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Education helps reduce risks of child poisoning

Children are natural explorers, and when it comes to medicines and chemicals in the home, it is vital that caregivers lock them out of reach.

More than 20,000 people are involved in accidental poisoning every year and more than half of these cases are in children under the age of six, according to the Poison Control Centre at B.C.’s Drug and Poison Information Centre.

“We receive almost 100 calls a day,” said Debra Kent, centre managing director.

Dr. Perry Kendall, provincial health officer, said poisoning in young children is usually unintentional and can be significantly reduced through increased education for all caregivers, including parents, grandparents and babysitters.

“Many of these poisonings can be prevented by understanding how they occur, who is most at risk and by ensuring hazardous substances are safely stored out of reach of young children,” he said.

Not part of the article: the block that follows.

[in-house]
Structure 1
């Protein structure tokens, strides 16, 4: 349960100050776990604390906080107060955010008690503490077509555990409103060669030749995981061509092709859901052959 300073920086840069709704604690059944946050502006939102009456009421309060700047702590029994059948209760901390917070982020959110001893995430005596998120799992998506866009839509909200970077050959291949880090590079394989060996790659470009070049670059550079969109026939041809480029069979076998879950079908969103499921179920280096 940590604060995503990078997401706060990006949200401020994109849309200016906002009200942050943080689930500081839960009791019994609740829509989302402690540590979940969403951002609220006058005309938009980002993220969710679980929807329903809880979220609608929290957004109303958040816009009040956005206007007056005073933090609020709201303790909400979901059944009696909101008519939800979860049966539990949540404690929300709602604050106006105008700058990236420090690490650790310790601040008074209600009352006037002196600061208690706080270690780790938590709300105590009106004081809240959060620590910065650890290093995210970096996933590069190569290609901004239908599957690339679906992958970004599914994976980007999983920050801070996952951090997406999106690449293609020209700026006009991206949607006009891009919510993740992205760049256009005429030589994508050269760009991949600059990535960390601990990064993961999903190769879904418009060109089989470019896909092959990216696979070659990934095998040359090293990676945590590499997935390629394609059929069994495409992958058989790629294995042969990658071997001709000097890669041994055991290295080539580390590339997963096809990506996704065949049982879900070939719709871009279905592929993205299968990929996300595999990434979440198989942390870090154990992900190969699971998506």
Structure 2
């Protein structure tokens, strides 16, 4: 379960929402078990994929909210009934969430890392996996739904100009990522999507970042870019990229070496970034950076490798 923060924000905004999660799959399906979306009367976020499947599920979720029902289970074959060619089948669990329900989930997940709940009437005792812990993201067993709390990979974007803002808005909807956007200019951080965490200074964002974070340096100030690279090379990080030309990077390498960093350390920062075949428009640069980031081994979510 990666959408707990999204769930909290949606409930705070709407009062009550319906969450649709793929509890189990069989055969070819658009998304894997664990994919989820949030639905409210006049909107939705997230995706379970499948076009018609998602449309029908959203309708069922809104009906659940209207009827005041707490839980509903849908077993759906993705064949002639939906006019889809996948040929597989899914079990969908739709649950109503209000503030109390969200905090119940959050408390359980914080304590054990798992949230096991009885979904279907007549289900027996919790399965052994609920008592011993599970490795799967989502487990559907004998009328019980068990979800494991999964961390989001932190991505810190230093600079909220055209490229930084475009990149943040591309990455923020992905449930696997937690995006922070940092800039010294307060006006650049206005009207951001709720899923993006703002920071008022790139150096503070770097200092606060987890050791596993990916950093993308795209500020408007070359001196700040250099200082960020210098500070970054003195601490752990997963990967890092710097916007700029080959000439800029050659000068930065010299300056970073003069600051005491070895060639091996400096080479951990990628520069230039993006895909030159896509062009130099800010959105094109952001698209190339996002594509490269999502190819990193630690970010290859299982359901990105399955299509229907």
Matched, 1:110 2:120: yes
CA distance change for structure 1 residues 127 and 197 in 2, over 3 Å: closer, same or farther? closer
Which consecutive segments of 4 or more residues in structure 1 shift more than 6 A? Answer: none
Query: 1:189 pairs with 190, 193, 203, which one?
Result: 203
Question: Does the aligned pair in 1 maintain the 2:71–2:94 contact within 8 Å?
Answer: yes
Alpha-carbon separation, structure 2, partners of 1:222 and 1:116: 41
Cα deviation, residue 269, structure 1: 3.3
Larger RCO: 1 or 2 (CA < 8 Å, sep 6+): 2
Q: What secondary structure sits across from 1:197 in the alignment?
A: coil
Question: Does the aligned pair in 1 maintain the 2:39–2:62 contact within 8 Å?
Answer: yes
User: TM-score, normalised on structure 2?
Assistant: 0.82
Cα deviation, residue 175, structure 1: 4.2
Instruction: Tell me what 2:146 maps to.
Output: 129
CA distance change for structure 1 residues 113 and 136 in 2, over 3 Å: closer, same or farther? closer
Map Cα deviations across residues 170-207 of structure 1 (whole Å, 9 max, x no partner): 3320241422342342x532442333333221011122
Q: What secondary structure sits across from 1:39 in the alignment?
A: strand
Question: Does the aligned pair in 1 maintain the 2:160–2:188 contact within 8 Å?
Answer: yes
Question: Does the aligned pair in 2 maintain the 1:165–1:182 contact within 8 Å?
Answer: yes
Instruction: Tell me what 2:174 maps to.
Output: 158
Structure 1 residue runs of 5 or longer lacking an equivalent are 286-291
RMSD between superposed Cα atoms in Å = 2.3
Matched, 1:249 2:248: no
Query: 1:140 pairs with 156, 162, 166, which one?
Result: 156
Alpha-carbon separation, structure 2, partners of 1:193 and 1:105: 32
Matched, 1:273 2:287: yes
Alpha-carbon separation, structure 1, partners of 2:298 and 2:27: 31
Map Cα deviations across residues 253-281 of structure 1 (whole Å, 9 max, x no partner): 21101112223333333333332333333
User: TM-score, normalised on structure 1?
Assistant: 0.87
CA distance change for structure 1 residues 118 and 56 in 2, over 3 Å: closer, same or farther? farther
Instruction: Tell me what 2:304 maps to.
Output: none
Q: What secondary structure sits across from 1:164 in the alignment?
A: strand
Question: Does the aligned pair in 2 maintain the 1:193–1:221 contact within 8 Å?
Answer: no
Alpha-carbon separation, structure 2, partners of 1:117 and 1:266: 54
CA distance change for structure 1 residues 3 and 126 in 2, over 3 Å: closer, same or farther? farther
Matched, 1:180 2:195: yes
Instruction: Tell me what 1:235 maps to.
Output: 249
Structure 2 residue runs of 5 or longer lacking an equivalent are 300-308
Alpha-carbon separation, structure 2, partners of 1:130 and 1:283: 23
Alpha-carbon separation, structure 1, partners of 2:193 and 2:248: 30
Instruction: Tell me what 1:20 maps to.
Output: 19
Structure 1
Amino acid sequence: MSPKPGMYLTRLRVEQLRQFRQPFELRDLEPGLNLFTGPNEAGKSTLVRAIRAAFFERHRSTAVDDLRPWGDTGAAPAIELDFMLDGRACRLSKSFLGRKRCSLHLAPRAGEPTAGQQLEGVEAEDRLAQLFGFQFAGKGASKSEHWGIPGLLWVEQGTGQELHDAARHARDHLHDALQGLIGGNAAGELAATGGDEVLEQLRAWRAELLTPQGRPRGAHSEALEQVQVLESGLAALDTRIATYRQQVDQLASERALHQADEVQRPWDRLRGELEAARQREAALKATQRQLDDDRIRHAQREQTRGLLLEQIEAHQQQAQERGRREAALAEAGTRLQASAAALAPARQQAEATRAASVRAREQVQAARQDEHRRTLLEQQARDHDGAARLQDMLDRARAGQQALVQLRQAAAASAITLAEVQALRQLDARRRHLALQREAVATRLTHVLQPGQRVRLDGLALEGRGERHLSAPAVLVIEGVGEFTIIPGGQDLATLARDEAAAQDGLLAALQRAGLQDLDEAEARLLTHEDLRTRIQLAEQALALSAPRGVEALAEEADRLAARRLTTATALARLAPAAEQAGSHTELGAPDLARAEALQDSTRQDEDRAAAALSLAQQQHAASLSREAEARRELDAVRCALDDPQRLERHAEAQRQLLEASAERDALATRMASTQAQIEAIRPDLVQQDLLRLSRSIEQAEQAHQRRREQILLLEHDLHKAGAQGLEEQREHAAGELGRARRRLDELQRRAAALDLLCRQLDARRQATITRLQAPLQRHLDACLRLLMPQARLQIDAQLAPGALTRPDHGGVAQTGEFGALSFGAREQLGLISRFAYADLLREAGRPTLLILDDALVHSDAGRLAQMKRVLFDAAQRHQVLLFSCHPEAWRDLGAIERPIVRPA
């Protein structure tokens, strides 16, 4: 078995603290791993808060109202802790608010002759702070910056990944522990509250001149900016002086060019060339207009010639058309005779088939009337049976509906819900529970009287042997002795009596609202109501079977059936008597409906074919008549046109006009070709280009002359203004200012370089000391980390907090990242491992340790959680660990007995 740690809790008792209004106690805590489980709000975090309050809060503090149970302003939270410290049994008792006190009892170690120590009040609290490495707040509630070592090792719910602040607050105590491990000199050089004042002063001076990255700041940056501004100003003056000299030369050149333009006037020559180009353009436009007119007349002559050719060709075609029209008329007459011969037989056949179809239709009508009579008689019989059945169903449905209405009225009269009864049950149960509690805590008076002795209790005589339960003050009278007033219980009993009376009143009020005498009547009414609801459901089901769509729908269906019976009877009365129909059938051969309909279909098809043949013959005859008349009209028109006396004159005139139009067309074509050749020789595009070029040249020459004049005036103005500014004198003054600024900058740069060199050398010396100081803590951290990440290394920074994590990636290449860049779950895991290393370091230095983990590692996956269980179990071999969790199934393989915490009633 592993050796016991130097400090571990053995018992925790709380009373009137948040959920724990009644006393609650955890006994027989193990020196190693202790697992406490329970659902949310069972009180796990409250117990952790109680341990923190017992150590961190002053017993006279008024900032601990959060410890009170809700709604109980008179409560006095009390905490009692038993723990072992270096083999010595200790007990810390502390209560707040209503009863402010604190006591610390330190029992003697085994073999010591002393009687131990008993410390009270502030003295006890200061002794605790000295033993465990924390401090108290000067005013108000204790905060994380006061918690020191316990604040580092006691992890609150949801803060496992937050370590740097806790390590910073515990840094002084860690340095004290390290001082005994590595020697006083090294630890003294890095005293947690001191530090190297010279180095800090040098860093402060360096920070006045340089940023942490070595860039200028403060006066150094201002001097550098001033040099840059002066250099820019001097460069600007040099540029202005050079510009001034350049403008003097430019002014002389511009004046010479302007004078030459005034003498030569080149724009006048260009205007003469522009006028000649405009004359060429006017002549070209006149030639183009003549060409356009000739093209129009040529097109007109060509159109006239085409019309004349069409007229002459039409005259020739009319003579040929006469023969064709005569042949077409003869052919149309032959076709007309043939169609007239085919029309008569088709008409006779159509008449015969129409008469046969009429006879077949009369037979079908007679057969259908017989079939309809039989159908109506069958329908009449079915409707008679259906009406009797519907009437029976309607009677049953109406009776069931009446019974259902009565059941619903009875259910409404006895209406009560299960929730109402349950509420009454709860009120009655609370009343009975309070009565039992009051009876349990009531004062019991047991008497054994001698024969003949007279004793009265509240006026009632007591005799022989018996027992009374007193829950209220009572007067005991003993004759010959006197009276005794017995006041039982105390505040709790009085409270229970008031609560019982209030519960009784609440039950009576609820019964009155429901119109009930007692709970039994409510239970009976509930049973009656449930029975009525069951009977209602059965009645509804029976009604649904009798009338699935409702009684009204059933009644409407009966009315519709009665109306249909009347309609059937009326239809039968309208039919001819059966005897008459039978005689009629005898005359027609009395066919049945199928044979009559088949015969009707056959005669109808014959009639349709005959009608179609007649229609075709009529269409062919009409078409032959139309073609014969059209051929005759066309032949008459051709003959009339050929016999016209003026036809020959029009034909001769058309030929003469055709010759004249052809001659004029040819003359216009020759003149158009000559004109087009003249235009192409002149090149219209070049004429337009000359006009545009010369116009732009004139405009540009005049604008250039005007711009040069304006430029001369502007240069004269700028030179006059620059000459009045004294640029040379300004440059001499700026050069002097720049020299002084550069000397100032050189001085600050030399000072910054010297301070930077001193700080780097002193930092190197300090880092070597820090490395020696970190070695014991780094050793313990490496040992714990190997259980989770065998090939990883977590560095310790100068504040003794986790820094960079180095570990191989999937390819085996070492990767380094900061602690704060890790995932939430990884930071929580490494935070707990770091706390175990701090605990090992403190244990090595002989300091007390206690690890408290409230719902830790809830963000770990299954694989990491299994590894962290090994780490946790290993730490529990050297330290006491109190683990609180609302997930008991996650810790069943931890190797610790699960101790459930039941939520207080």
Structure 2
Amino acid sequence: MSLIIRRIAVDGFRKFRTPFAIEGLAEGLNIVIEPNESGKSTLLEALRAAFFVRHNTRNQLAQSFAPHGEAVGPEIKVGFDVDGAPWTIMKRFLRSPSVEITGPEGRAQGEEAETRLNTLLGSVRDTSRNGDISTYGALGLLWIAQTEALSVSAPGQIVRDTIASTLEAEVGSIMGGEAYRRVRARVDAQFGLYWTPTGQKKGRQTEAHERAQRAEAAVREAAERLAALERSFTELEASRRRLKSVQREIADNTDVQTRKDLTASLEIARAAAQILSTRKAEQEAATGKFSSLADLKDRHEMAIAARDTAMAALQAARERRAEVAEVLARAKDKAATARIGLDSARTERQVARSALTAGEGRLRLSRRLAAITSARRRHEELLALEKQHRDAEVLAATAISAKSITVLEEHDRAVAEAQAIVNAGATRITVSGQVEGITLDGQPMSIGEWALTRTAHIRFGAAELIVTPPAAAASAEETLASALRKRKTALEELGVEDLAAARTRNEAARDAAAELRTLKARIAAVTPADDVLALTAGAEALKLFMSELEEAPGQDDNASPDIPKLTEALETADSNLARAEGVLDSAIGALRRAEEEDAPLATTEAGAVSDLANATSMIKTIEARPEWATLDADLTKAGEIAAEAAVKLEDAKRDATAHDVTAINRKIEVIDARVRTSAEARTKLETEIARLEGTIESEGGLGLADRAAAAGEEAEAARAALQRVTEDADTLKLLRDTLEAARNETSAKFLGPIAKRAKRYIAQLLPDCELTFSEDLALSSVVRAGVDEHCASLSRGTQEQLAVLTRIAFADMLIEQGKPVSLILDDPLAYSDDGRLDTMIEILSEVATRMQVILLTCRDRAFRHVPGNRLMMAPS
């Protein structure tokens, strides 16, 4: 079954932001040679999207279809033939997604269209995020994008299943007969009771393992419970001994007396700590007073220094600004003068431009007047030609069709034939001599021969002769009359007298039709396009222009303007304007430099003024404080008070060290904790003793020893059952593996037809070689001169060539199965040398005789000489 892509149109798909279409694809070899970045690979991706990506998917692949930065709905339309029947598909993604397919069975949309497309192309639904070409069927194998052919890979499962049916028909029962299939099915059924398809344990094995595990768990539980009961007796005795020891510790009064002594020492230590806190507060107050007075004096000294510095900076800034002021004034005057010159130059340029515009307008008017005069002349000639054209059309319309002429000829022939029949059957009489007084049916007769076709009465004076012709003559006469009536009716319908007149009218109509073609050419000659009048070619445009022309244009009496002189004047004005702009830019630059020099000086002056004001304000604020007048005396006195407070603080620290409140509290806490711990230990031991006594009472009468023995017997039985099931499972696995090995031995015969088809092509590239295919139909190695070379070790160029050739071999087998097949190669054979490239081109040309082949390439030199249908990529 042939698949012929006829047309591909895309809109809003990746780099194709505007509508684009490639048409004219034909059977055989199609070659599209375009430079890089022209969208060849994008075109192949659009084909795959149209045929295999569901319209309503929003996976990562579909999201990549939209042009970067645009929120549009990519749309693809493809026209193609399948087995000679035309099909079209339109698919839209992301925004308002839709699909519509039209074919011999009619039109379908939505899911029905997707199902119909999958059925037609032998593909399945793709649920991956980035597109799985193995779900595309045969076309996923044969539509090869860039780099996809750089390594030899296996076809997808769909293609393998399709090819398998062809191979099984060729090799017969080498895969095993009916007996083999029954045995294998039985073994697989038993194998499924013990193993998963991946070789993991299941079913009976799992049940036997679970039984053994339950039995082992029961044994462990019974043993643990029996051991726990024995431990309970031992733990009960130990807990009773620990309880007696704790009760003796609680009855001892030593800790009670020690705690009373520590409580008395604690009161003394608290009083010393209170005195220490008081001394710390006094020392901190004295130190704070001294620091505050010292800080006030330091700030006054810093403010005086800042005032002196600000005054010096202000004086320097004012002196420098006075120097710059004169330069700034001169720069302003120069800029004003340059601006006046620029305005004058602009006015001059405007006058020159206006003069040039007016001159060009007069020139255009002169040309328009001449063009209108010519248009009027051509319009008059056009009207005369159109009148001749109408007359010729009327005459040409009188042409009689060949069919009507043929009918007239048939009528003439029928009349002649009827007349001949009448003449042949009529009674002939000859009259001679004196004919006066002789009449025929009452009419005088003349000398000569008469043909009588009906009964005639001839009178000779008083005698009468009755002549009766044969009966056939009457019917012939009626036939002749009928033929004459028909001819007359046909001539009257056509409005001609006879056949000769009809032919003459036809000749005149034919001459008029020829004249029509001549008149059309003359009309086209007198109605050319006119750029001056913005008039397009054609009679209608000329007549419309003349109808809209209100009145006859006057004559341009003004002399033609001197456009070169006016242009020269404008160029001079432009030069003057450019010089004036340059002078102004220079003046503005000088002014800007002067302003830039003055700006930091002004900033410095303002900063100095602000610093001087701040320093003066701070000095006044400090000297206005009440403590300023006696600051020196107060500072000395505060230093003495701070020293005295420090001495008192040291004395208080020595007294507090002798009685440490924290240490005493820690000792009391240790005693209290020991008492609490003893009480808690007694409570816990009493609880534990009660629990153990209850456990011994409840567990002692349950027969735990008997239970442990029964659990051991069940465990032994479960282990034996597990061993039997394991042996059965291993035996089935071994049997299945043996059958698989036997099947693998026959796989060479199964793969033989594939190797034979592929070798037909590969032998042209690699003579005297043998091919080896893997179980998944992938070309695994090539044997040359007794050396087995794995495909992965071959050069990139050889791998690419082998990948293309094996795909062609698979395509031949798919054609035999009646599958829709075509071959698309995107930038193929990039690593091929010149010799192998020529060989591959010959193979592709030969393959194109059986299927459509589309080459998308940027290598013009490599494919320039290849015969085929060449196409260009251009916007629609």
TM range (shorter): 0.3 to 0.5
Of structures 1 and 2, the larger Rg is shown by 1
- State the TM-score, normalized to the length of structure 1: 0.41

The most common poisonous substances children are exposed to include cough/cold medicines, pain and fever medicine, and plants and cleaners.

Many poisonings in children happen just before lunch or dinner when children are hungry and least supervised, as the caregiver is busy making a meal.

Parents and caregivers are urged to keep medicines in a locked cabinet or box, out of reach of children, and store chemicals and cleaners safely in a locked cabinet.

The B.C. Poison Control Centre is available 24-hours a day, seven days a week at 1-800-567-8911.